- Rubin LJ, Badesch DB, Barst RJ et al. Bosentan therapy for pulmonary arterial hypertension. N Engl J Med 2002; 346:896–903.
- Barst RJ, Langleben D, Badesch D et al. STRIDE Study Group. Treatment of pulmonary arterial hypertension with the selective endothelin-A receptor antagonist sitaxsentan. J Am Coll Cardiol 2006;47:2049–56.
- Galie N, Olschewski H, Oudiz RJ et al. Ambrisentan for the treatment of pulmonary arterial hypertension. Results of the ARIES Study 1 and 2. Circulation 2008;117:3010–19.
- Humbert M, Sitbon O, Simonneau G. Treatment of pulmonary arterial hypertension. N Engl J Med 2004;351:1425–36.
- Humbert M, Khaltaev N, Bousquet J et al. Pulmonary hypertension. From an orphan disease to a public health problem. Chest 2007;132:365–7.
- Petkov V, Mosgoeller W, Ziesche R et al. Vasoactive intestinal peptide as a new drug for treatment of primary pulmonary hypertension. J Clin Invest 2003;111:1339–46.
- Souza R, Sitbon O, Parent F et al. Long-term imatinib treatment in pulmonary arterial hypertension. Thorax 2006;61:736.
- Wang XX, Zhang FR, Shang YP et al. Transplantation of autologous endothelial progenitor cells may be beneficial in patients with idiopathic pulmonary arterial hypertension. J Am Coll Cardiol 2007;47:1566–71.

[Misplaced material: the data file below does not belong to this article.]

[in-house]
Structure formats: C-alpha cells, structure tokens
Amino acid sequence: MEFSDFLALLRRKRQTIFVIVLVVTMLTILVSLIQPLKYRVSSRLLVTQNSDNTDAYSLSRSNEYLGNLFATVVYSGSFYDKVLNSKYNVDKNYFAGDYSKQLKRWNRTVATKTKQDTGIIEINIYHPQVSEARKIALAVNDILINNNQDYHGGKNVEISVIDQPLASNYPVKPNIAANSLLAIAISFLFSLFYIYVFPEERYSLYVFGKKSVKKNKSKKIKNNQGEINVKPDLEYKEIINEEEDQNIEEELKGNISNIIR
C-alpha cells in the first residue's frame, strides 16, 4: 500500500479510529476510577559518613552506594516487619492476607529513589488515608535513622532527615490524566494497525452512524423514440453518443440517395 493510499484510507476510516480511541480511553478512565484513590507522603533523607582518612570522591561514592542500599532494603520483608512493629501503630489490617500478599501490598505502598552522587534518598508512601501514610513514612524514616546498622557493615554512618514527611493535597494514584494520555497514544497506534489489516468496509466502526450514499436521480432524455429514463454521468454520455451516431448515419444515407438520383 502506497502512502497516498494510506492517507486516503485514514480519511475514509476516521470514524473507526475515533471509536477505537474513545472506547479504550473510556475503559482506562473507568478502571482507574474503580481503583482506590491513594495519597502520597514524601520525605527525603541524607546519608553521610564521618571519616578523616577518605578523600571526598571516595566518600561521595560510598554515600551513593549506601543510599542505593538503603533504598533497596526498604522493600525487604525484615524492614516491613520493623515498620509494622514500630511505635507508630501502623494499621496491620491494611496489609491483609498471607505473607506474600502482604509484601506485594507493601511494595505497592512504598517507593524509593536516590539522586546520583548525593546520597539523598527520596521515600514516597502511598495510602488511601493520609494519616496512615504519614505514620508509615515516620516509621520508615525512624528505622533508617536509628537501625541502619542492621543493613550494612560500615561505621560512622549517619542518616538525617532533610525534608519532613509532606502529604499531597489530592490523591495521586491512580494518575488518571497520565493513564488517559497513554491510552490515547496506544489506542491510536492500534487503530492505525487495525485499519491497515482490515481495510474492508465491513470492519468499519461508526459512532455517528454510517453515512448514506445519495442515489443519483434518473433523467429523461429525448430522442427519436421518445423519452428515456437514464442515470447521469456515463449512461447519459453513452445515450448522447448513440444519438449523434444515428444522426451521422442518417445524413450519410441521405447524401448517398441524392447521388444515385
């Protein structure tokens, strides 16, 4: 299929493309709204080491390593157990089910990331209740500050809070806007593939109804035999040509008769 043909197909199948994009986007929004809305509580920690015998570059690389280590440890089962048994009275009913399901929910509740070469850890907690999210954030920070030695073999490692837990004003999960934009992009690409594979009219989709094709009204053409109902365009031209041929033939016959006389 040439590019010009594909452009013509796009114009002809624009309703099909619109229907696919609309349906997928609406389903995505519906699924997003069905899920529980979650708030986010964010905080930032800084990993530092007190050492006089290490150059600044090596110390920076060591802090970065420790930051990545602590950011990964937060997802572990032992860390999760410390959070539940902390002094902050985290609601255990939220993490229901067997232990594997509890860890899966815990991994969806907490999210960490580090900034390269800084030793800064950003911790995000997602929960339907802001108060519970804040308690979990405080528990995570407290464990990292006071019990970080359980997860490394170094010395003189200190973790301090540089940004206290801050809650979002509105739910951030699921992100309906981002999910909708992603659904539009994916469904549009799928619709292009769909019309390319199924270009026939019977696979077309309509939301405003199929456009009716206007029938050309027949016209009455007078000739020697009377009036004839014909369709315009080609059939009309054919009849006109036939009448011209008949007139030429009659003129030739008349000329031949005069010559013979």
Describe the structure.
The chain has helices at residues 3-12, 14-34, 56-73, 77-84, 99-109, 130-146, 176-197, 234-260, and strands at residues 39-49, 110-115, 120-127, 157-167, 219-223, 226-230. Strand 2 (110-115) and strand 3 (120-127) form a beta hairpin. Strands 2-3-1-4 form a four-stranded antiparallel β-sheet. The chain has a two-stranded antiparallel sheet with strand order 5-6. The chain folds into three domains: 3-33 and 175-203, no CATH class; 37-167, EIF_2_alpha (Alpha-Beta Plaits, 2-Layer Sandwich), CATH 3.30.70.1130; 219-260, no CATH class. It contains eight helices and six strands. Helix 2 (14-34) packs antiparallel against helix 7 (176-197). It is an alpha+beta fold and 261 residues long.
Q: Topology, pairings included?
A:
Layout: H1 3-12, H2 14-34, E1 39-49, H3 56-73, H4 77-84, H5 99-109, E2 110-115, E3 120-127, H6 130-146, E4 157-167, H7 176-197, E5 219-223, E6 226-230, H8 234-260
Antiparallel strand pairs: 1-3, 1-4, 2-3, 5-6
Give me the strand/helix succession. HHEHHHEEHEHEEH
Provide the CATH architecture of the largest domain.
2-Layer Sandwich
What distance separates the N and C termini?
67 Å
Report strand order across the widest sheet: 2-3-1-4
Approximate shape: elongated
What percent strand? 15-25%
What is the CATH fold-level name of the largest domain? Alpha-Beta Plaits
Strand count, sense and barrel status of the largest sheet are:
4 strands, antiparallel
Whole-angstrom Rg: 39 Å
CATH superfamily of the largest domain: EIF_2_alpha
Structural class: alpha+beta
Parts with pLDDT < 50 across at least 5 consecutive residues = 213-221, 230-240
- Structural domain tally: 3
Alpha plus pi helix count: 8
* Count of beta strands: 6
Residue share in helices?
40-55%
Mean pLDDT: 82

- Galie N, Ghofrani HA, Torbicki A et al. Sildenafil citrate therapy for pulmonary arterial hypertension. N Engl J Med 2005;353:2148–57.
- Simonnean. Am J Respir Crit Care Med 2002;165:800–04.
- Olschewski H. N Engl J Med 2002;347:322–9.
- Barst RJ. J Am Coll Cardiol 2003;41:2119–25.
- SOLVD Investigators. Effect of enalapril on survival in patients with reduced left ventricular ejection fraction and congestive heart failure. N Engl J Med 1991;325:293–302.
- MERIT-HF Study Group. Effect of metoprolol CR/XL in congestive heart failure: Metoprolol CR/XL Randomized Intervention Trial (MERIT-HF). Lancet 1999;353:2001–07.
- Pfeffer MA, Swedberg K, Granger CB et al. Effects of candesartan on mortality and morbidity in patients with congestive heart failure: the CHARM-Overall programme. Lancet 2003;362:759–66.
- Galie N, Torbicki A, Barst R et al. Guidelines on diagnosis and treatment of pulmonary arterial hypertension. The Task Force on Diagnosis and Treatment of Pulmonary Arterial Hypertension of the European Society of Cardiology.Eur Heart J 2004;25:2243–78.